It took more than eight years for Robbie Lawler to lace up his gloves and return to the UFC Octagon. It took him less than four minutes to earn a knockout over Josh Koscheck and remind everyone why he’s dubbed “Ruthless.”
It was 2010, and I was nervous as hell. I was backstage staring at a tall, black curtain. On the other side was a scale, a commissioner, and a crowd. On my side sat six hungry men and members of their entourage. We represented half the fight card as we waited to weigh-in for Strikeforce: LA. It was my first Strikeforce fight. I was starving and dehydrated from the weight cut, but all I could feel was this empty pit in my stomach.
Behind the other curtain sat our opponents, who, I’m assuming, were just as hungry as we were, and, I hoped, just as nervous. This feeling, as excruciating as it was, is totally normal—at least that’s what everyone kept telling me. A six-week training camp was about to come to an end. All the hard work, all the sauna sessions, and all of the passed up slices of pizza led to the next 24 hours where all I had to do was weigh-in and fight. When the hard work ends, the nerves begin.
Then Robbie Lawler strolled in, ready to make weight for his fight against Renato “Babalu” Sobral.
I was equal parts envious and pissed. He was one-half of the main event on a card run by the second largest promotion in the world. On Showtime the following night, he was going to try and knock off a Brazilian’s head while trying to avoid the same fate. And yet, as he sat there joking with cornerman and friend Matt Hughes, it seemed like the furthest thing from his mind. Why was he all smiles?
My first thought? “What an asshole.” My second thought—and the one that lingered until our conversation for this article—was, “How the hell was he so calm?”
UFC 157 will forever go down in history as the card that delivered the first female fight to ever grace the UFC Octagon. Robbie Lawler’s return to the UFC on the same card makes for a nice sidebar. The 31-year-old addition was part of the exodus of fighters coming over from the defunct Strikeforce ranks. For the better part of the last decade, Lawler earned his keep in Pride, IFL, EliteXC, and Strikeforce, but most MMA fans were introduced to the powerful slugger during his first tenure in the UFC from 2002-2004. At UFC 157, he quickly reminded everyone who he was.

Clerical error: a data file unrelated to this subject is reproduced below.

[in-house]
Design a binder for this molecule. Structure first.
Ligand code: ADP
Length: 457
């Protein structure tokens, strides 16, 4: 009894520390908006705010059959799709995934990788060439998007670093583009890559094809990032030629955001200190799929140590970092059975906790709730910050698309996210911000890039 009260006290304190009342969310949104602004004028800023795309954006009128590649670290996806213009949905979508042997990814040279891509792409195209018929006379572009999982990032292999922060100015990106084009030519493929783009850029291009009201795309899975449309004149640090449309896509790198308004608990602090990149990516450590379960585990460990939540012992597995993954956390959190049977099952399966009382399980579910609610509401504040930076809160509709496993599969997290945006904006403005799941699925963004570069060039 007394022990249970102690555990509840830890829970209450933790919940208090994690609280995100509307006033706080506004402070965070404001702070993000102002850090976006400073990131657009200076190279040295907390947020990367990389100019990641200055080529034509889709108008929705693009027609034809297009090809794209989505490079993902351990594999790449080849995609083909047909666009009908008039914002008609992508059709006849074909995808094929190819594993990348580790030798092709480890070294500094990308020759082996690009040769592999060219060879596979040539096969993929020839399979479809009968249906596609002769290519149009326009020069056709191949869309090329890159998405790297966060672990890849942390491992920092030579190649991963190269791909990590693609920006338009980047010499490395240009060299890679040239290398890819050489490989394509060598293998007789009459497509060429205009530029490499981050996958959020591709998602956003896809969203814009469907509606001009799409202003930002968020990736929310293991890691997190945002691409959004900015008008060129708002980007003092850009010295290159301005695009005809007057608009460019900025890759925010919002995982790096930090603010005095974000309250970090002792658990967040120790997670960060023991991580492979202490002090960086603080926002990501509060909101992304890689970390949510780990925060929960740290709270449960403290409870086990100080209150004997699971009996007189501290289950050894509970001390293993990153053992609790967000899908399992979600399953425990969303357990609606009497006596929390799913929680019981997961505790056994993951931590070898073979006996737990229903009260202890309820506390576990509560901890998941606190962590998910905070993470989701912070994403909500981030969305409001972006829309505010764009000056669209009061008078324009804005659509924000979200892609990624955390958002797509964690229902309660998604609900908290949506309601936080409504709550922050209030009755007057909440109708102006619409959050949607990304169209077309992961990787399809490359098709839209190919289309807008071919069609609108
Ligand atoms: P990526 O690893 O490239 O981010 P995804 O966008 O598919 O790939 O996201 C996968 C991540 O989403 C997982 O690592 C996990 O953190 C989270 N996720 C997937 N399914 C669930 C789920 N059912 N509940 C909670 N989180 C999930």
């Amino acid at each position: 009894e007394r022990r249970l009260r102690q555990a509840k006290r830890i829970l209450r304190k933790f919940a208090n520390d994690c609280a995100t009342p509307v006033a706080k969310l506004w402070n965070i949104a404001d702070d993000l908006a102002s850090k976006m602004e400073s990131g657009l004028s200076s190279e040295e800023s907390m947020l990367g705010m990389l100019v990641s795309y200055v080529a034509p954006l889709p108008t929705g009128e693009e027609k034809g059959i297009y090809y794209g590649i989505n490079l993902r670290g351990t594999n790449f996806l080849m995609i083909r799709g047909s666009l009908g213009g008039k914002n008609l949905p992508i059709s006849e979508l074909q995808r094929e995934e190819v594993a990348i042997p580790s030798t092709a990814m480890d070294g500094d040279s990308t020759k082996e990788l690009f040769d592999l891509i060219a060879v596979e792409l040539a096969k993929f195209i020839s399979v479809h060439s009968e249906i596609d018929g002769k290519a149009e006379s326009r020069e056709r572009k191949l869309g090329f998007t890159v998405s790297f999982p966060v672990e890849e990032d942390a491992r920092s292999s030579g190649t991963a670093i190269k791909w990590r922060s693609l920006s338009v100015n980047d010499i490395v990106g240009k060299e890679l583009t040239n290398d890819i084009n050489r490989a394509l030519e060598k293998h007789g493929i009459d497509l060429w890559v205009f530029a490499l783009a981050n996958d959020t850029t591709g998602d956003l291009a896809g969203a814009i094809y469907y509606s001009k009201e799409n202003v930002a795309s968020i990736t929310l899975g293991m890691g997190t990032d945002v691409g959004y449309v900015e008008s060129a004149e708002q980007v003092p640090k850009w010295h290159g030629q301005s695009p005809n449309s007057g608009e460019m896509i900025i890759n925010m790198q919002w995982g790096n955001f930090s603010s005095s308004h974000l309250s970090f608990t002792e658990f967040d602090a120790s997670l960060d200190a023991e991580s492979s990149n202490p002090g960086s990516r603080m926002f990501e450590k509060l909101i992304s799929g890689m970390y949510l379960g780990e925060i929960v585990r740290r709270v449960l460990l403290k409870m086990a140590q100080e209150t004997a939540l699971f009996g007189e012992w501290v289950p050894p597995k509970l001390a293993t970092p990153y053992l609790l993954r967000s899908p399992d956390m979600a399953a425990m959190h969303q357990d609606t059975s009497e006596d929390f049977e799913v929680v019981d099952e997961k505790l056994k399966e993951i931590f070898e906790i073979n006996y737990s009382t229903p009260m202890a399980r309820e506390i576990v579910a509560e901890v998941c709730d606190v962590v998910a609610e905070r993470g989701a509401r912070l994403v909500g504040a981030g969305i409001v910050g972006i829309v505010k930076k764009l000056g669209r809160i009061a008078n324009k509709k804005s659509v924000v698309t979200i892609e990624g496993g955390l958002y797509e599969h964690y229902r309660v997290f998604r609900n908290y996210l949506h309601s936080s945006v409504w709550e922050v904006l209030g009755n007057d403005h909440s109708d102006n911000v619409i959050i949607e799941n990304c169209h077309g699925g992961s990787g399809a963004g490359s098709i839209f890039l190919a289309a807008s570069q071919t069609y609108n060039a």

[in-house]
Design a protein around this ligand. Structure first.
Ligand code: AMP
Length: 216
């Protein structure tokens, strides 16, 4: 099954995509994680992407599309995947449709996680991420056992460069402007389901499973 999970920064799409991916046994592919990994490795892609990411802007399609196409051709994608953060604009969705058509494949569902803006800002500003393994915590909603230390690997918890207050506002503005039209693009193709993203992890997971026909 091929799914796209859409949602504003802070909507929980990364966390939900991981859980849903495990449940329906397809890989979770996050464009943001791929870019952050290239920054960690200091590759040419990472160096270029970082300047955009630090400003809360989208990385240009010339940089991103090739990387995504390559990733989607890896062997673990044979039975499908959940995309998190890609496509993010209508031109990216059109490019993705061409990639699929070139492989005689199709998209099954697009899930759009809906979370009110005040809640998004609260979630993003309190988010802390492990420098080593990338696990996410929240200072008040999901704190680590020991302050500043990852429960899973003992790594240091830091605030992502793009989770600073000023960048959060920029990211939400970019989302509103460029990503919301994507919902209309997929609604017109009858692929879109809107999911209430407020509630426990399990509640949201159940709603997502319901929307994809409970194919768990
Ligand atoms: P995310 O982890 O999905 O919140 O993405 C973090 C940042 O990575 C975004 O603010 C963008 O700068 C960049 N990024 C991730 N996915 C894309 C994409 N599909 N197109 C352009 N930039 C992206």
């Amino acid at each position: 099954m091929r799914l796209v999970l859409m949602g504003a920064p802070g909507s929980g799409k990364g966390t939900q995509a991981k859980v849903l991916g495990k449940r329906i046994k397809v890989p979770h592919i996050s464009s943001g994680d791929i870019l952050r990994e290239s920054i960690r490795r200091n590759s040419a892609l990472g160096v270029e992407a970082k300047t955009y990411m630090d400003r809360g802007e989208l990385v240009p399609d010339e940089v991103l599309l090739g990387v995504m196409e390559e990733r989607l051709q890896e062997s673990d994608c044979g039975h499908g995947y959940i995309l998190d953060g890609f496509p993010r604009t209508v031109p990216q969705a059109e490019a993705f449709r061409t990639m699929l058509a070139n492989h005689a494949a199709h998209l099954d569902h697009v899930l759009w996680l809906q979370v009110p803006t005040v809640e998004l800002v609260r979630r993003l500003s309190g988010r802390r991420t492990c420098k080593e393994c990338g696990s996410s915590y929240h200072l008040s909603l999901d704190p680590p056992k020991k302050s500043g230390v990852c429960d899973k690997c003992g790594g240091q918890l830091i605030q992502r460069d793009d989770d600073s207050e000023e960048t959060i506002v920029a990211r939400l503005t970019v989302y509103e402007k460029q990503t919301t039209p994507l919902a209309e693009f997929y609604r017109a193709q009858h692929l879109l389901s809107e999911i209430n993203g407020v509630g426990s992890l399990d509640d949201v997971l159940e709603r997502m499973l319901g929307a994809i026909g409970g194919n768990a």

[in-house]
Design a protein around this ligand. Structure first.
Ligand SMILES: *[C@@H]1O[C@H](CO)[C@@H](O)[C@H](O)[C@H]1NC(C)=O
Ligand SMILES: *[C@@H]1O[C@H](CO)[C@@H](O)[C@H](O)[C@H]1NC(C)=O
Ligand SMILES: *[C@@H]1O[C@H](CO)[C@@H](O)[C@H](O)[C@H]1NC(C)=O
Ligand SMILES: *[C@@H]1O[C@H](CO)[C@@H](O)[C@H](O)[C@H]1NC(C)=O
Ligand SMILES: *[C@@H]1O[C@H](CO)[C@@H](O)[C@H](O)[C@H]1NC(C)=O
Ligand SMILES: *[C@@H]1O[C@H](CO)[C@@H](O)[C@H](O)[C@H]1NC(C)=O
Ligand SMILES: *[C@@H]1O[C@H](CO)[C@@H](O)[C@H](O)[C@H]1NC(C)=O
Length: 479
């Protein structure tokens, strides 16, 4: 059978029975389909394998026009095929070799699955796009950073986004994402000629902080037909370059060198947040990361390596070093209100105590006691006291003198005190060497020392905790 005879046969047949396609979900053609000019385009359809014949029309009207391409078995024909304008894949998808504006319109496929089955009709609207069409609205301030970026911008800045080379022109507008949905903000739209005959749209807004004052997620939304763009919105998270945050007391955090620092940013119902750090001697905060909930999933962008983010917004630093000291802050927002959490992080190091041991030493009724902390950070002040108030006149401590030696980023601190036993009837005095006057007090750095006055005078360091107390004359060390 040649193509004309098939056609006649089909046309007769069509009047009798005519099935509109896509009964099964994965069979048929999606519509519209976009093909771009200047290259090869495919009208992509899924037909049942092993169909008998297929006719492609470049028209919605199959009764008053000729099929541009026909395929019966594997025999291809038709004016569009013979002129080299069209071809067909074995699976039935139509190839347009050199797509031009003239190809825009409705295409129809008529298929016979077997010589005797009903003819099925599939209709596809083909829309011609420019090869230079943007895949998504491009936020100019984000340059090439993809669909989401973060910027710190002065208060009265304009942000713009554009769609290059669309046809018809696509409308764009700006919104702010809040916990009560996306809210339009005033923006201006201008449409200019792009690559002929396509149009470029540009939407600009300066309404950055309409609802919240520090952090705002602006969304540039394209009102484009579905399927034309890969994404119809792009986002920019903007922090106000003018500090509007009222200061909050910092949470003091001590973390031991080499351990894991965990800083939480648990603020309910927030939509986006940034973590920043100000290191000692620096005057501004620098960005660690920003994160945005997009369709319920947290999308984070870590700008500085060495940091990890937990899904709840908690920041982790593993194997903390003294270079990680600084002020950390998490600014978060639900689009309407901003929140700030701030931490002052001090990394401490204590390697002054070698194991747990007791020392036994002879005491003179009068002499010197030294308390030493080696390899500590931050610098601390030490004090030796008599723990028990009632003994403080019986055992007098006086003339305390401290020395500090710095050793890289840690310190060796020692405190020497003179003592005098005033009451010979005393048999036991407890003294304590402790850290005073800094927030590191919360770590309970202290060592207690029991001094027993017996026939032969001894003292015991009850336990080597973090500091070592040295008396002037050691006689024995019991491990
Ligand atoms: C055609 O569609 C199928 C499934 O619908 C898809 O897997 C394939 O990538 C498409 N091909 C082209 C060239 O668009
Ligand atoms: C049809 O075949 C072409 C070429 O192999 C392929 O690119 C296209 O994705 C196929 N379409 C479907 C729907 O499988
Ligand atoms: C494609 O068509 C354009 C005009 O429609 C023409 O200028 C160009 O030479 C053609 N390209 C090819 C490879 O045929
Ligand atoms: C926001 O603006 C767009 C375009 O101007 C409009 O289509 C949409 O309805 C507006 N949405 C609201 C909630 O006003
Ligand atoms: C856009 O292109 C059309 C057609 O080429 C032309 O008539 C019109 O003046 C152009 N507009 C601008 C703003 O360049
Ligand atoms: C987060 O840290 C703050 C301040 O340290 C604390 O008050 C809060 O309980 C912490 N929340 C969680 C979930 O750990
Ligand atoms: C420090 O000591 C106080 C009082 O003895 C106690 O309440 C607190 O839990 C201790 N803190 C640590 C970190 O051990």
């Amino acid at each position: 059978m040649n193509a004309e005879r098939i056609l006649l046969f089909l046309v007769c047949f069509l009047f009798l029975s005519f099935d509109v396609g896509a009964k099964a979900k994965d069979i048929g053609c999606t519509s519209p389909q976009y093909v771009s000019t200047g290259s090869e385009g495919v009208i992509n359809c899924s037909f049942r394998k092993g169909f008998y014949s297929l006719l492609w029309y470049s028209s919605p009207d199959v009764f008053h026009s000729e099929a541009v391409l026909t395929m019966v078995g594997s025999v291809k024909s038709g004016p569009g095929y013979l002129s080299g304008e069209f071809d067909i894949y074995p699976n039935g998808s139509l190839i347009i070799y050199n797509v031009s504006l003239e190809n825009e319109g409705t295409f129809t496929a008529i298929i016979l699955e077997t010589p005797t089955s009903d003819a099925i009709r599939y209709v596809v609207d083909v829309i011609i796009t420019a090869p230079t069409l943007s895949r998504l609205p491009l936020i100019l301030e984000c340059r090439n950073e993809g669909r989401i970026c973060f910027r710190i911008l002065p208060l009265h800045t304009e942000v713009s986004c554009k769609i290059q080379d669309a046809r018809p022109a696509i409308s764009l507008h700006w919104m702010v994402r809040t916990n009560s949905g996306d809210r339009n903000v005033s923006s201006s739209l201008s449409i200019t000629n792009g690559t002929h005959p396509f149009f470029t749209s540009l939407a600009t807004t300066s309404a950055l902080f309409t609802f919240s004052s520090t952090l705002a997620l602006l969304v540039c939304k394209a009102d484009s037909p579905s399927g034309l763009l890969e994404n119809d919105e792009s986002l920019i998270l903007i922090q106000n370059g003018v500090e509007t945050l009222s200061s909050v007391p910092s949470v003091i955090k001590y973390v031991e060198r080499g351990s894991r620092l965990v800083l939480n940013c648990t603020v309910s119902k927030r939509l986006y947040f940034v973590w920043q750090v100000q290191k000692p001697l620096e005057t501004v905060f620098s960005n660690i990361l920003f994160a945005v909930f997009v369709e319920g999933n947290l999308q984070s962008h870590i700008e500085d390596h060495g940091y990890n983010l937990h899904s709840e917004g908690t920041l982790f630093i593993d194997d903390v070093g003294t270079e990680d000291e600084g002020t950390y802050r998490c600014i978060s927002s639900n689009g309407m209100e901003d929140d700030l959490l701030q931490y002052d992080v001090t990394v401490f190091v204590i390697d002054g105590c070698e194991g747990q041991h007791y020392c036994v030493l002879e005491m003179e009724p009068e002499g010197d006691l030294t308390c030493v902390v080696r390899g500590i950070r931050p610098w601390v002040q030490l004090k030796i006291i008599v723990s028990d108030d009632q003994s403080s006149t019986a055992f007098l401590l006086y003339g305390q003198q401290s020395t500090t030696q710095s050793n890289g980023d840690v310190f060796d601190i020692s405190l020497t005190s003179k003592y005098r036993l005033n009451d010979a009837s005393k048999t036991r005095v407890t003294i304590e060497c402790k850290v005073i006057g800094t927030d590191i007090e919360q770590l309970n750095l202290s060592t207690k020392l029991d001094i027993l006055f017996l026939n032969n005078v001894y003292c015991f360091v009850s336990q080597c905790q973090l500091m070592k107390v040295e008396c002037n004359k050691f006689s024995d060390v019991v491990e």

“I watched some fights with [Koscheck], and I noticed when guys back him up, he doesn’t fight that well,” says Lawler. “I just kind of stayed right in his face.”
A couple of punches to the head later, and Lawler’s return went from a footnote to Knockout of the Night.
“When I was out of the UFC, it was a good experience, but right now, coming back and winning that fight with Koscheck, it was the right time to come back in my career. I’m excited to be in the UFC again.”
The journey back to the hallowed grounds of the UFC was a long and winding one. The San Diego-born Lawler practiced ass kicking at an early age. He studied martial arts as a kid and would put together mini-training sessions at his house.
“I always watched boxing,” says Lawler. “I didn’t just watch boxing. I would listen to the analysts, see what they were doing, go downstairs and hit the heavy bag, do some pushups, go back up, and watch some more rounds.”
At 10-years-old, Lawler moved from sunny California to Iowa to live with his father—a move that turned out to be perfect for the would-be fighter, since Iowa was a hotbed for wrestling and the home of Miletich Fighting Systems. Pat Miletich’s team boasted a roster that included future UFC champions Matt Hughes, Tim Sylvia, and Jens Pulver. As soon as the then 18-year-old Lawler was handed his high school diploma, he made training with Miletich his full-time job.
At just 19-years-old and four fights under his belt, he made his UFC debut, defeating Aaron Riley by decision. His fight with Steve Berger at UFC 37.5 marked the first fight to air on cable television. His flying-knee KO of Joey Villasenor was the first PrideFC fight ever held outside of Japan. Icon Sport Middleweight Championship? He earned that. EliteXC Middleweight Championship? Mark that off as well. King of the Cage, the IFL, and Superbrawl all experienced the powerful southpaw before he settled on a semi-permanent home in Strikeforce.
Currently training out of Florida’s American Top Team, Lawler throws strikes like he’s holding a grudge. It’s almost as if anger fuels his fists. But it’s Robbie Lawler. To him it’s just fighting.
“I throw ferocious punches,” says Lawler. “I think that is how you’re supposed to throw punches. When you get someone hurt, you’re not trying to score points or get the ref to stop it—you’re trying to stop HIM. That’s what I’m trying to do.”
The next guy he’s going to try and stop is fellow Strikeforce alum Tarec Saffiedine at UFC on Fox 8 on July 27. The final-and-forever Strikeforce Welterweight Champion is coming off a career-making performance, putting together a nearly flawless striking display against Nate Marquardt that earned him a place on the UFC roster.